In that column, I offered the following application of Principle 3 and its three guidelines within the context of a parent education and guidance course. It seems relevant for this column as well, in light of the overall theme it aims to fit. Students could choose, as one of several means of engagement in a course, to analyze a case study focusing on strategies to support children and parents in the context of a school setting. Individually or in a small group of fellow learners, students could be called on not only to analyze the circumstances faced by the children and parent figures as described in the case but also to recommend appropriate support networks that could be turned to for assistance and then provide rationale for the identified recommendation(s). To further students’ understanding of the support networks that exist in their own campus community, group members could each choose a different entity (i.e., organization, agency, or resource) relevant to the given case to investigate and report back on. This case study strategy follows the “recruiting interest” guideline of UDL Principle 3, as it optimizes both (a) choice and autonomy and (b) value and authenticity. Surely the level of a students’ curiosity will also be heightened.
My summer reading list is a bit eclectic. Besides a nonfiction book on the history of American pioneers; a mystery story that unfolds in fictional Three Pines, Quebec, Canada; and a crime novel featuring a fictional detective with extraordinary memory capabilities, this book by Eyler on human learning was at the top of my list. As I turned its pages, I realized it contents would be worthy foci for a column in this issue of CFLE Network. Enhanced learning certainly influences student success, a possible topic that was posed for this issue. Ideally, the nuggets of insight and applications I have shared here have so piqued your interest that you will place this book on your current reading list as well. I feel confident you will be intrigued not only by the chapter on curiosity but also its four companion chapters.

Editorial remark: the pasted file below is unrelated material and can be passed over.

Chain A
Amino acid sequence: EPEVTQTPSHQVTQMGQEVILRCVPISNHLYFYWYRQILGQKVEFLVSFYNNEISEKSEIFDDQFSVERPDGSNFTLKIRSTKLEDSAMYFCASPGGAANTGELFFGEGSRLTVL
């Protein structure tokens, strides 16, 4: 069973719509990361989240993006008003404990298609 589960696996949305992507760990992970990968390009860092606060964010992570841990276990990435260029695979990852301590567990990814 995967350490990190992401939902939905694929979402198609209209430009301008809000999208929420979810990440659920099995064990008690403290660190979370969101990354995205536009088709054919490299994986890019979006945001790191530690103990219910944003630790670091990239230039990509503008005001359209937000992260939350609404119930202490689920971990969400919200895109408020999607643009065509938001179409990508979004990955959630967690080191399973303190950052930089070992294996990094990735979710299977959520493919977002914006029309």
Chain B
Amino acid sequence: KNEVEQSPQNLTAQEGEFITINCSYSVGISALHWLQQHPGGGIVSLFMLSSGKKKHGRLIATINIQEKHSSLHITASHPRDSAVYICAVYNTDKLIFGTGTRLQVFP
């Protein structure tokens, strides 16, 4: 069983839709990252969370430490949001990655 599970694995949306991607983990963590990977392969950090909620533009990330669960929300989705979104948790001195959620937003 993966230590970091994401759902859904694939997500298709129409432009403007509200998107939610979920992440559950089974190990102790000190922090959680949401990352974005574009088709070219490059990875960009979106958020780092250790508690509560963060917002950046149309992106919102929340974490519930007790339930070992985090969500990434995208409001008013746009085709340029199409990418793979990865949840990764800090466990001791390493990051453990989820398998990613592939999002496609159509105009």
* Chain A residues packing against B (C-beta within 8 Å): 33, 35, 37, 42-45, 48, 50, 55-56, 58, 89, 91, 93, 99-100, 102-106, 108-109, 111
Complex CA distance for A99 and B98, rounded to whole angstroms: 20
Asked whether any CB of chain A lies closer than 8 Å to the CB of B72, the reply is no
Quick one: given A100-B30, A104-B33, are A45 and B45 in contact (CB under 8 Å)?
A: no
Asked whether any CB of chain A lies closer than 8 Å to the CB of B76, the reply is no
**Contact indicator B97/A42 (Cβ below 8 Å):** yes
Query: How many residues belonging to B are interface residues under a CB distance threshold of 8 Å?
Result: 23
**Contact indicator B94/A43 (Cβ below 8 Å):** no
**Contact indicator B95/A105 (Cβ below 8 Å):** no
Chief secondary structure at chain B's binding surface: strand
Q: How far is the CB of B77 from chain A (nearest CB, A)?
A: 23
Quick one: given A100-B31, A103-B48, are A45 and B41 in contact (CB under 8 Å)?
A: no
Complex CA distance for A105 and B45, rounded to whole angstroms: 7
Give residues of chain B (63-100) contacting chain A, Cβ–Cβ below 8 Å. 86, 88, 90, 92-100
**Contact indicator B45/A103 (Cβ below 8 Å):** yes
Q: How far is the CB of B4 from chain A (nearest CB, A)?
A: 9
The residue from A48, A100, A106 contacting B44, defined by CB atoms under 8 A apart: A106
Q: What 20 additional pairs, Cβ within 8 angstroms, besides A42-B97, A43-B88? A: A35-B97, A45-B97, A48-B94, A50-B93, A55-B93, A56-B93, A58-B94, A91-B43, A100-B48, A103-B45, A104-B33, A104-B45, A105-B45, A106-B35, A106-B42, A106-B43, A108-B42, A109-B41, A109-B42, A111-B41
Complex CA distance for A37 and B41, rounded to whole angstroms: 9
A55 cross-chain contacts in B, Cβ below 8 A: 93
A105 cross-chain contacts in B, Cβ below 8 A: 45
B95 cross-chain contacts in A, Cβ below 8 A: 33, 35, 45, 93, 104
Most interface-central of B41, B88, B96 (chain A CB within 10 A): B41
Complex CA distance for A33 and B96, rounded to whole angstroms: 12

Bain, K. (2004). What the best college teachers do. Cambridge, MA: Harvard University Press.
Center for Applied Special Technology. (2019, June). About universal design for learning. Retrieved from http://www.cast.org/our-work/about-udl.html#.XQqXKYhKhPZ .
Engle, S. (2015). The hungry mind: The origins of curiosity in childhood. Cambridge, MA: Harvard University Press.
Eyler, J. R. (2018). How humans learn: The science and stories behind effective college teaching. Morgantown: West Virginia University Press.
Fink, D. L. (2013). Creating significant learning experiences: An integrated approach to designing college courses (2nd ed.). San Francisco, CA: Jossey-Bass.
Gentry, D. (March 12, 2012). APR update: Incorporating ethics into coursework. Retrieved from https://www.ncfr.org/cfle-network/spring-2012-policy/apr-update
Gentry, D. (February 1, 2016). APR update: Universal design for learning—Applications for
teaching about parent guidance and education. Retrieved from https://www.ncfr.org/cfle-network/past-issues/winter-2016/apr-update-universal-design-learning-applications-teaching-about-parent-g
Paige, R. (March 9, 2016). The metaquestion: A different approach to course design [blog post]. Retrieved from https://cte.rice.edu/blogarchive/2016/03/09/metaquestions
Wiggins, G., & McTighe, J. (2005). Understanding by design. (2nd expanded ed.). Alexandria, VA: Assn. for Supervision & Curriculum Development.